Directed by: Richard Stanley
Notable cast: Nicolas Cage, Joely Richardson, Madeleine Arthur, Tommy Chong
Famous horror author, and extremely racist even for a turn of the century American man, HP Lovecraft was disappointed by the lack of the truly alien in horror and was inspired to write what is arguably his most famous story, The Colour Out Of Space. His most adapted work, it has been made into movies as disparate as Die, Monster, Die! and Die Farbe (The Color) and even directly inspired the Stephen King novel, Tommyknockers. What is it about this story that’s made it work for so long and adapt so well? Lovecraft’s stated goal: a truly alien threat.
A family farm is struck by a meteor that defies the laws of physics and radiates a bright otherworldly color. Soon the crops all begin to grow large and grotesque, tasting horrible, while animals start to become aggressive and mutate, and the family all slowly starts to go insane… all while implying that something intelligent, or at least conscious has taken up residence in the well. That’s the book’s basic set up, and from that spins this new take on Color Out Of Space, Richard Stanley’s first major film since his famous replacement on the ill-fated but fascinating dumpster fire The Isle Of Doctor Moreau. He further challenges himself by casting Nicolas Cage as the lead. A brief aside, I’ve always been of the belief that you don’t cast Nic Cage in a movie, you unleash him on a movie and if that movie is strong enough, he’ll improve it exponentially. If not… well, we’ve all seen the supercuts. I am happy to report, in this instance, Cage is an extremely welcome addition.
In this version, we are introduced to the Gardner family, fairly recent transplants to a rural community west of Arkham. Cage’s Nathan is an amateur farmer, specializing apparently in alpacas - the source of almost all of the intentional comedy of the movie. He has a day trader wife, Theresa, Wiccan daughter, Lavinia, stoner son, Benny, and young Jack. The motions are basically the same: a meteor drops from the sky onto Nathan’s front yard and starts to affect everything around it. In this film, it’s an excuse for some really fun creature effects, and some really… computer effect looking computer effects.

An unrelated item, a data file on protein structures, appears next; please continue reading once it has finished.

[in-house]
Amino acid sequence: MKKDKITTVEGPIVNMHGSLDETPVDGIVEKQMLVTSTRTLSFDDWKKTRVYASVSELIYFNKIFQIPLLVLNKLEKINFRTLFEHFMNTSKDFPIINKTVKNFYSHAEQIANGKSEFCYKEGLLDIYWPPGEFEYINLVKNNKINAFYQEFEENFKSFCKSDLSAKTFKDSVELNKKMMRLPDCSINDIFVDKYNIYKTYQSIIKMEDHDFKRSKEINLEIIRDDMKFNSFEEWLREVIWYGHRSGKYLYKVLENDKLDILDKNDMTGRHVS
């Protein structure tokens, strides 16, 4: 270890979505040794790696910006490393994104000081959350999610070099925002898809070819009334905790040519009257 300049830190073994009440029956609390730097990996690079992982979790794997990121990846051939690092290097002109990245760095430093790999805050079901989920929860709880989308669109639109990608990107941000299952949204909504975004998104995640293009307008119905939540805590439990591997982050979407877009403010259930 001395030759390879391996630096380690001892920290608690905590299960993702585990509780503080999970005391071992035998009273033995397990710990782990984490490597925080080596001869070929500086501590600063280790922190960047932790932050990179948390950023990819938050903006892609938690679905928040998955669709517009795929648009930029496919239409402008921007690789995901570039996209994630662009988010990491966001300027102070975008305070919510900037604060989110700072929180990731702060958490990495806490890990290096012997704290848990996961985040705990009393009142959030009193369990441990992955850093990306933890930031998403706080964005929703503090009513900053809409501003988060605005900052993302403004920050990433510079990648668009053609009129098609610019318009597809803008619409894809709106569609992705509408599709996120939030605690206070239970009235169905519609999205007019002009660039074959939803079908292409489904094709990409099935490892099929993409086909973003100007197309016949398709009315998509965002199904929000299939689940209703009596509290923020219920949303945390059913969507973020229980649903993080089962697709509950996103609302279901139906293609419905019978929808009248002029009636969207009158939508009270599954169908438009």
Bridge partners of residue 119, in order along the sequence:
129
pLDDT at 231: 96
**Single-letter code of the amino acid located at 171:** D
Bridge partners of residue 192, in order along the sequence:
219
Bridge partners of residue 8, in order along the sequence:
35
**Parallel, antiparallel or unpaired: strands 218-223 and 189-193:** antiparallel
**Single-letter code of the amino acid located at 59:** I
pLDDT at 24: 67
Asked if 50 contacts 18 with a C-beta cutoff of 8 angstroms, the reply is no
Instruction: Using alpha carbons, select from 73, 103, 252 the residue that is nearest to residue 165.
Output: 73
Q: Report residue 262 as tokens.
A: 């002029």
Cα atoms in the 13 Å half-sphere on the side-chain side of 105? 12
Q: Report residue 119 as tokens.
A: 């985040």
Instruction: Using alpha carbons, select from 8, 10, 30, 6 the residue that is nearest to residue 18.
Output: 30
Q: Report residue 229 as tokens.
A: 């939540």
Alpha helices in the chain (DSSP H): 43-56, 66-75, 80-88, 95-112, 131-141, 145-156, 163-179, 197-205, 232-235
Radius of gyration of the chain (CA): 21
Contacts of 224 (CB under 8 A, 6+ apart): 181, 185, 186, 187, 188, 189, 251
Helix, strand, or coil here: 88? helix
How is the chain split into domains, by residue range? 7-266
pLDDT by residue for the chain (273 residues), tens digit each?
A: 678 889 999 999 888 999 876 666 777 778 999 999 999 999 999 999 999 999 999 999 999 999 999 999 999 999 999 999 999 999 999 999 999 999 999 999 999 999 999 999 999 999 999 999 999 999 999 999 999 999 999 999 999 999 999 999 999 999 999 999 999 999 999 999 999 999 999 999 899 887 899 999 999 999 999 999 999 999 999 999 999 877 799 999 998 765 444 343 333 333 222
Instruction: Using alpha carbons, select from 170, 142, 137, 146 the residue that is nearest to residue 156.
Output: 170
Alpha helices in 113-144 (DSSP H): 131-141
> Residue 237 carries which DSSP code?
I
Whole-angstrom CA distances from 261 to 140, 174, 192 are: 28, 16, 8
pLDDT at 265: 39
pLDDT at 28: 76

I would say that this film accomplishes its goals by and large and, thus, Lovecraft’s by extension in how the threat feels unnatural and alien. Even the middling CG is well used to this particular effect. There is a lot of atmosphere and tension, some of it in the form of communication difficulties as technology wigs out, some in the form of a nigh possessed Jack staring at the well, talking to something no one else can see or hear at first. Nathan and Theresa fall victim to brutal screaming rages out of nowhere. Everything about this movie is weird and uncomfortable, including the humor which is more prevalent than you’d expect. For what it’s worth, my screening of this movie had the type of Cage fans that were literally laughing at his every line, and while I respect people’s right to enjoy something in their own way, it did detract from my personal experience of seeing the movie because Francis Ford Coppola’s nephew is doing some really good work here. His dad jokes are on point, and his slow descent into madness is actually more subtle than we’ve come to expect after films like Mandy and The Wicker Man. I thought it gave the whole film an even more uncomfortable feeling because no one in this movie really goes murderously psychotic, it’s a more believably weird kind of insanity.
I don’t have much in the way of complaints… there is the surveyor character, who is the perspective character of the novella but is more the audience surrogate in this, despite being in maybe a third of it. Also, Tommy Chong mostly makes a cameo appearance, taking over for the farmer character being interviewed by the prospector in the original. Neither is bad, but both could’ve been easily excised to tighten up the run time a bit. Also, I mentioned earlier that the computer effects in this movie are by and large noticeable, to put it kindly, they’re awkward and noticeable. It wasn’t enough to ruin the experience for me, and I still found this a largely tense experience, but I mention it because it looks notably unpolished in the era of Marvel.
If it’s not completely clear, however, I’m really digging to find objective things to complain about. Even subjective ones, really. Truly I found this movie immediately captivating, and it was overall too soon. I can say, unabashedly, that I cannot wait for Stanley’s currently announced follow up, this time tackling Lovecraft’s The Dunwich Horror… if it has a quarter the style Color squeezes out of a hundred-year-old short story, it will certainly be something to behold.
Written By Sean Caylor
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